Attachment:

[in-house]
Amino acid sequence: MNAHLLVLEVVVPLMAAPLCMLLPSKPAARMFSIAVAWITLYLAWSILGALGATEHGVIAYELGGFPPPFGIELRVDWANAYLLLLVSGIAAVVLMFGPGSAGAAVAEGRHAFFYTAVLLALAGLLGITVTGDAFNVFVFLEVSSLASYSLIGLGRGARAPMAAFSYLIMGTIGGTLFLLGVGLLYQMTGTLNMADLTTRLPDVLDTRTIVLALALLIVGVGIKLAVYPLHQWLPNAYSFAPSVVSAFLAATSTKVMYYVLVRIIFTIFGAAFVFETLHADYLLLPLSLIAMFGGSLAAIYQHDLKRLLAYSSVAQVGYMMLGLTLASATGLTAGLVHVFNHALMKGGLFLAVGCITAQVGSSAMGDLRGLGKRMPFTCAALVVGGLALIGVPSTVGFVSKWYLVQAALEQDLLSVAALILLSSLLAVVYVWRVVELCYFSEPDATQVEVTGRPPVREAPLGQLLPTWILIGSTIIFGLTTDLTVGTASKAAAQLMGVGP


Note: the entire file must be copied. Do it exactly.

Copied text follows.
[in-house]
Amino acid sequence: MNAHLLVLEVVVPLMAAPLCMLLPSKPAARMFSIAVAWITLYLAWSILGALGATEHGVIAYELGGFPPPFGIELRVDWANAYLLLLVSGIAAVVLMFGPGSAGAAVAEGRHAFFYTAVLLALAGLLGITVTGDAFNVFVFLEVSSLASYSLIGLGRGARAPMAAFSYLIMGTIGGTLFLLGVGLLYQMTGTLNMADLTTRLPDVLDTRTIVLALALLIVGVGIKLAVYPLHQWLPNAYSFAPSVVSAFLAATSTKVMYYVLVRIIFTIFGAAFVFETLHADYLLLPLSLIAMFGGSLAAIYQHDLKRLLAYSSVAQVGYMMLGLTLASATGLTAGLVHVFNHALMKGGLFLAVGCITAQVGSSAMGDLRGLGKRMPFTCAALVVGGLALIGVPSTVGFVSKWYLVQAALEQDLLSVAALILLSSLLAVVYVWRVVELCYFSEPDATQVEVTGRPPVREAPLGQLLPTWILIGSTIIFGLTTDLTVGTASKAAAQLMGVGP